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Chip crisis: Palladium price squeezed by falling auto output

By Angelique Ruzicka


Updated

A stack of palladium ingots
Palladium has come down in price since the conflict in Ukraine began – Photo: Shutterstock

The outlook for platinum group metals (PGM) supply and demand is highly uncertain, according to a report published by Johnson Matthey this month.

The report highlights that PGM price movements during the first quarter of this year largely reflected the degree of exposure to Russian supply, which has been affected by the country’s conflict with Ukraine. Palladium, it added, has suffered the most.

Palladium has also been affected by falling auto output. So, what recovery – if any – can investors expect to see in 2022?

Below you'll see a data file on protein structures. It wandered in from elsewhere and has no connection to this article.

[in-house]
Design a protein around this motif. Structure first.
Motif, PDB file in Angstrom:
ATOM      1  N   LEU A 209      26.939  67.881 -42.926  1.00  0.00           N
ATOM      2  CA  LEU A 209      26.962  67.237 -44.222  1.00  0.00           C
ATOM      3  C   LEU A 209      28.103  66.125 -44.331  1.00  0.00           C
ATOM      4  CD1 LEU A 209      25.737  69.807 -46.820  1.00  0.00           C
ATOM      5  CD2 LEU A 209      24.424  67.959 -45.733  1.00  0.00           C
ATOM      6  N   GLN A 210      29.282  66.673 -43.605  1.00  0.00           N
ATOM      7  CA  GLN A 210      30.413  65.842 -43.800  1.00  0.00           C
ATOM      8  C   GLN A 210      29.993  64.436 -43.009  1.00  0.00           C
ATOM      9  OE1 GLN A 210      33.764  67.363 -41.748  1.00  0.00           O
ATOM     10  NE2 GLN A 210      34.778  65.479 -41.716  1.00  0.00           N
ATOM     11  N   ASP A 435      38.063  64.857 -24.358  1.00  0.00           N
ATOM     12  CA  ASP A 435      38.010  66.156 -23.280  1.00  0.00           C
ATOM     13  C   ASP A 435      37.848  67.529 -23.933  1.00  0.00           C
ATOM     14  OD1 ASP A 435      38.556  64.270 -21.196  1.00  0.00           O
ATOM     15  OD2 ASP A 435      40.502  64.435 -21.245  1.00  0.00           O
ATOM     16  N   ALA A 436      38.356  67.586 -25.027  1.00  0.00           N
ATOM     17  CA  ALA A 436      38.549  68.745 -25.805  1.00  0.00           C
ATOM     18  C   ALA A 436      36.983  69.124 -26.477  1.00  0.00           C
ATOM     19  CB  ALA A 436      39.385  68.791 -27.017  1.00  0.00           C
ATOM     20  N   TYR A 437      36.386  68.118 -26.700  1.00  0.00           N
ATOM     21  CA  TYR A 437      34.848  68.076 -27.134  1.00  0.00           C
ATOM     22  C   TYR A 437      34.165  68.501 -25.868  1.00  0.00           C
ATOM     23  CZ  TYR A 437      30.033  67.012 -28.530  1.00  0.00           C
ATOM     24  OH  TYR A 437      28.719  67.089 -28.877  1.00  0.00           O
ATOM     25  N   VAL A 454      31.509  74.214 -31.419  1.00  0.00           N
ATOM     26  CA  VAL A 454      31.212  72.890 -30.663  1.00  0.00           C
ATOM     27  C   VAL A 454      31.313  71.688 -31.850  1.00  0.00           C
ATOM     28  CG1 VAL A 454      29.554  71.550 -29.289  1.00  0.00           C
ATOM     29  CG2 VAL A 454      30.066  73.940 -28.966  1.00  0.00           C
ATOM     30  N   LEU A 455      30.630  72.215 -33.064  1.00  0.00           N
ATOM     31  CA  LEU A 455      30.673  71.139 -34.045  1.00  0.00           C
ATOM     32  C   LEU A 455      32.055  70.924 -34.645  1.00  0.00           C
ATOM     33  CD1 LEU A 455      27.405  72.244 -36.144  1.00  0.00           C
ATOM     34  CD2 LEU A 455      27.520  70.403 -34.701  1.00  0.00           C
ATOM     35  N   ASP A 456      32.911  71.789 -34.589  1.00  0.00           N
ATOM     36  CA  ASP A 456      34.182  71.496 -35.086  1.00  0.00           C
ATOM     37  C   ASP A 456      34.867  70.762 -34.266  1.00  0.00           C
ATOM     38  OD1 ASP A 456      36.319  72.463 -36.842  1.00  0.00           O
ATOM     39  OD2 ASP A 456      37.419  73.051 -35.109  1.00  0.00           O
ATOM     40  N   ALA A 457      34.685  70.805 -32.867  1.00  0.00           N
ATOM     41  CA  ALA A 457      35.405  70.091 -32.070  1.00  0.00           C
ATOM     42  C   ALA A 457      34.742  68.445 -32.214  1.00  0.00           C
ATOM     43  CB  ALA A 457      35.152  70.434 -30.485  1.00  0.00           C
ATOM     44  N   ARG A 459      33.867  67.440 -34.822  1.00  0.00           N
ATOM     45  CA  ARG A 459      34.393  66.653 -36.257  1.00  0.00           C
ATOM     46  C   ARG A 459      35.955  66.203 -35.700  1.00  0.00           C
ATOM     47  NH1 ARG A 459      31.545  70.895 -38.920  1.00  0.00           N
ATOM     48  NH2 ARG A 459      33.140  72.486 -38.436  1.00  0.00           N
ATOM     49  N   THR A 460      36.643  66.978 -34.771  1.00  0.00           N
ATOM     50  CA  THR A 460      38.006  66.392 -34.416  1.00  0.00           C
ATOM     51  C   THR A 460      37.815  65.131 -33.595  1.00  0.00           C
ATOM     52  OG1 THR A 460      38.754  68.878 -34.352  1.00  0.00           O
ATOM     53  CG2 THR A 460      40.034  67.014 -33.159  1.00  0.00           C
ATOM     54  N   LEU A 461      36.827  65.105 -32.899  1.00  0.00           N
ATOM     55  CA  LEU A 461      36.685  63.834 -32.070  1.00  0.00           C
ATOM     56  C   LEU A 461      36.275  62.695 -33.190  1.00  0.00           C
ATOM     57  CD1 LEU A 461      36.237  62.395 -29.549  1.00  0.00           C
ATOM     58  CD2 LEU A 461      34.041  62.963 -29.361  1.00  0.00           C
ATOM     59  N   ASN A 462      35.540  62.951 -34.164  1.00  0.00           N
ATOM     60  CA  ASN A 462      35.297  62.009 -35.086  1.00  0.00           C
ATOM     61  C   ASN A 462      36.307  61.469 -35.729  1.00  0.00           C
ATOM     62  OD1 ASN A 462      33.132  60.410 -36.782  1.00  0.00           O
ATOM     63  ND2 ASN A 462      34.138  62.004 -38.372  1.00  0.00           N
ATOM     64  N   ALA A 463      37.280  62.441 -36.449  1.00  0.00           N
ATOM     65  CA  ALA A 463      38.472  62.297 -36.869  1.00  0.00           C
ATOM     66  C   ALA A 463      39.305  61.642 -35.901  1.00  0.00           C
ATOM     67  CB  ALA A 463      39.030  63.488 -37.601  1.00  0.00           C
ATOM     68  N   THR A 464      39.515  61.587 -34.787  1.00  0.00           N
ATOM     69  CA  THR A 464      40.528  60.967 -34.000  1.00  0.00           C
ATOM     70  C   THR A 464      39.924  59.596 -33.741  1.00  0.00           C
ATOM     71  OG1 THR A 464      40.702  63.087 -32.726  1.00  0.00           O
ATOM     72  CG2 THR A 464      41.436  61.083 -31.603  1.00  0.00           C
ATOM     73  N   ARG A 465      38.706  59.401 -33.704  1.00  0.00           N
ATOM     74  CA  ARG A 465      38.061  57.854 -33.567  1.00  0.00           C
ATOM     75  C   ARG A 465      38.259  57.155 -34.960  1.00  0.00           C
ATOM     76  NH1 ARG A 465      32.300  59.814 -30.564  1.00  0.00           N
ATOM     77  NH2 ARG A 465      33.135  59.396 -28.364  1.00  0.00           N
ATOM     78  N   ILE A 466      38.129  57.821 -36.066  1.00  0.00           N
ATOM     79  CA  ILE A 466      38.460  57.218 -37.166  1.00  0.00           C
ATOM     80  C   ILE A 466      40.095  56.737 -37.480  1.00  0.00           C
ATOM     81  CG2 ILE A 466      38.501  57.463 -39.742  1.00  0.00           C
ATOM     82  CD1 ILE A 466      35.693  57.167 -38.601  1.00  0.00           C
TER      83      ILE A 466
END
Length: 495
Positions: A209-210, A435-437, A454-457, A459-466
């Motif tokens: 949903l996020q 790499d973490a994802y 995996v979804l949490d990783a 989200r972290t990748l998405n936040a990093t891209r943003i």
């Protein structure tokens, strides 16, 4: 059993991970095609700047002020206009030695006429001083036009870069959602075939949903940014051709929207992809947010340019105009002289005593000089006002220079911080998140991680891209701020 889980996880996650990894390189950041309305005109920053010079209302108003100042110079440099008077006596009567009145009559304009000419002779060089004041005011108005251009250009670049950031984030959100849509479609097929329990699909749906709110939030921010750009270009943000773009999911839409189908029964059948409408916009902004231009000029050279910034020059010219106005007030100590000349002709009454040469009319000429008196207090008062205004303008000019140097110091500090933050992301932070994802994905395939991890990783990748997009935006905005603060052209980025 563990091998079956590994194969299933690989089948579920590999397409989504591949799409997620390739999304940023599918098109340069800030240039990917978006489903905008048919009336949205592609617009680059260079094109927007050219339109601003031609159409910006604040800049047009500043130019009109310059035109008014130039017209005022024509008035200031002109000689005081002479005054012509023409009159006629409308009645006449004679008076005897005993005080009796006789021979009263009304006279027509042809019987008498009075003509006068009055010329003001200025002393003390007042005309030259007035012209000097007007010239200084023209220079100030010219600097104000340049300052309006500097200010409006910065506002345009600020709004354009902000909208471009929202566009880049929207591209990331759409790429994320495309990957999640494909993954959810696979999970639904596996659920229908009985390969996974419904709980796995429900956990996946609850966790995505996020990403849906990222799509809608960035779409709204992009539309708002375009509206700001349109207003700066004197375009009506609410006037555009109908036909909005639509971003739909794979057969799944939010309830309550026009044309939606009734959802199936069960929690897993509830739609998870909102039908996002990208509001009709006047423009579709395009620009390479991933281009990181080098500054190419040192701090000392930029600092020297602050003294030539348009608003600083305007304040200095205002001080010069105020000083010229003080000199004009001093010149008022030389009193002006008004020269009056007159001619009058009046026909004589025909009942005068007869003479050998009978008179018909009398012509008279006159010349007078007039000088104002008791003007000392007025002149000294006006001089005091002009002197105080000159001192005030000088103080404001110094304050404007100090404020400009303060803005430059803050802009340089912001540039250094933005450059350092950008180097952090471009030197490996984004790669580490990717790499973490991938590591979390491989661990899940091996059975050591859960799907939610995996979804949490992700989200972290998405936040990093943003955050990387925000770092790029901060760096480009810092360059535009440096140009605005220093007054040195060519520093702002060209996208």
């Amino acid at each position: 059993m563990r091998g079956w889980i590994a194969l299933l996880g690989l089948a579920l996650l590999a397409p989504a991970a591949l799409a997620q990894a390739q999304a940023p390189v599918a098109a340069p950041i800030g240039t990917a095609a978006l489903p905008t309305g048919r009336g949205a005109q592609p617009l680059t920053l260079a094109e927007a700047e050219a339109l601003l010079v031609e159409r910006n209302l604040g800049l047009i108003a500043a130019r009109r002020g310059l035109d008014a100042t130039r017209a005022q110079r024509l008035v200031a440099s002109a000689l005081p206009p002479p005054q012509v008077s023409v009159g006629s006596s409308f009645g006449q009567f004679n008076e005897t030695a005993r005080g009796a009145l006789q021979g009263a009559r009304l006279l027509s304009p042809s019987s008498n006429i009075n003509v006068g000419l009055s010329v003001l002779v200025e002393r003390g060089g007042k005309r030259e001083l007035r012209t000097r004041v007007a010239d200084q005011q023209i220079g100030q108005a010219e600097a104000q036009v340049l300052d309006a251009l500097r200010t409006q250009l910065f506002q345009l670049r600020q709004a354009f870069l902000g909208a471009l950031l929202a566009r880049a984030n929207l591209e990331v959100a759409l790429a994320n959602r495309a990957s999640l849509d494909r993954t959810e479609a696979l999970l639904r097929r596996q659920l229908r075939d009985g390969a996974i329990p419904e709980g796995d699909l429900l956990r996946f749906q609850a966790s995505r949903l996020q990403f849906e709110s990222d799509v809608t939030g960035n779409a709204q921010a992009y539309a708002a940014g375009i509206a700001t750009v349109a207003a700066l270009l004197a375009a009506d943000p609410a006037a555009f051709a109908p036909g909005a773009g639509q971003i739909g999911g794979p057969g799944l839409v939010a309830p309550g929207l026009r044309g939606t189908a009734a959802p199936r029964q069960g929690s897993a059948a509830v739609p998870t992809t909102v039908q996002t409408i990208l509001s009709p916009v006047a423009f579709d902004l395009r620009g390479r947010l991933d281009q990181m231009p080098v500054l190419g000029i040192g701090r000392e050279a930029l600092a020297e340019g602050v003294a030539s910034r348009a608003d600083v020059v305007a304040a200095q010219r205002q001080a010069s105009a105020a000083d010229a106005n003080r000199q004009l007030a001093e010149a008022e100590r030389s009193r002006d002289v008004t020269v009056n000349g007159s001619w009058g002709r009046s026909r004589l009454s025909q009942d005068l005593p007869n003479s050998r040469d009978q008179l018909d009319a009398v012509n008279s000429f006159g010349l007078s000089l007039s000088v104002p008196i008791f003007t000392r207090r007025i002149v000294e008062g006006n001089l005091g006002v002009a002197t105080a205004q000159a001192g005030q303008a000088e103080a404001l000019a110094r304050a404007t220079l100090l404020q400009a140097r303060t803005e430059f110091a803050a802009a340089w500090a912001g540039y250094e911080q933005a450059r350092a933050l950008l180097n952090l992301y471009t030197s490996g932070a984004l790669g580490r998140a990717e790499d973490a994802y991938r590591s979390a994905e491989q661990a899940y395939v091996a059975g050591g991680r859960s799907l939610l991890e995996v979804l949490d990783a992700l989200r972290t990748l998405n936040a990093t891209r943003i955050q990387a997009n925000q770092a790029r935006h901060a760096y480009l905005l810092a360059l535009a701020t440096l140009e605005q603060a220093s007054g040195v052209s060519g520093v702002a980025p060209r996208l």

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Palladium prices have been falling

Palladium highs and lows

One thing palladium investors can certainly expect is more volatility. Indeed, it’s something they’re very familiar with, given the performance of palladium over the past 12 months.

A shortage of liquidity drove palladium to a peak of $3,000 in May 2021, but the price plunged below $1,600 in December, following a strong recovery in the supply of the precious metal from South Africa.

It hit a peak again  in March, reaching $3,288 (£2,646.27) per troy ounce, only to come plunging back down again in April, and at the time of writing is trading at $1,664.46.

The reasons behind palladium’s highs and lows are many and varied.

Ukraine conflict

The war between Russia and Ukraine has hurt supplies of palladium, particularly in Russia – the world’s largest palladium supplier.

Johnson Matthey’s report highlights that in 2021, around 28% of combined primary and secondary palladium supplies came from Russia.

It adds: “While Russia is not a major PGM consumer, there are wider risks to PGM demand, with the crisis expected to exacerbate existing difficulties in supply chains, augment inflation and depress economic growth.”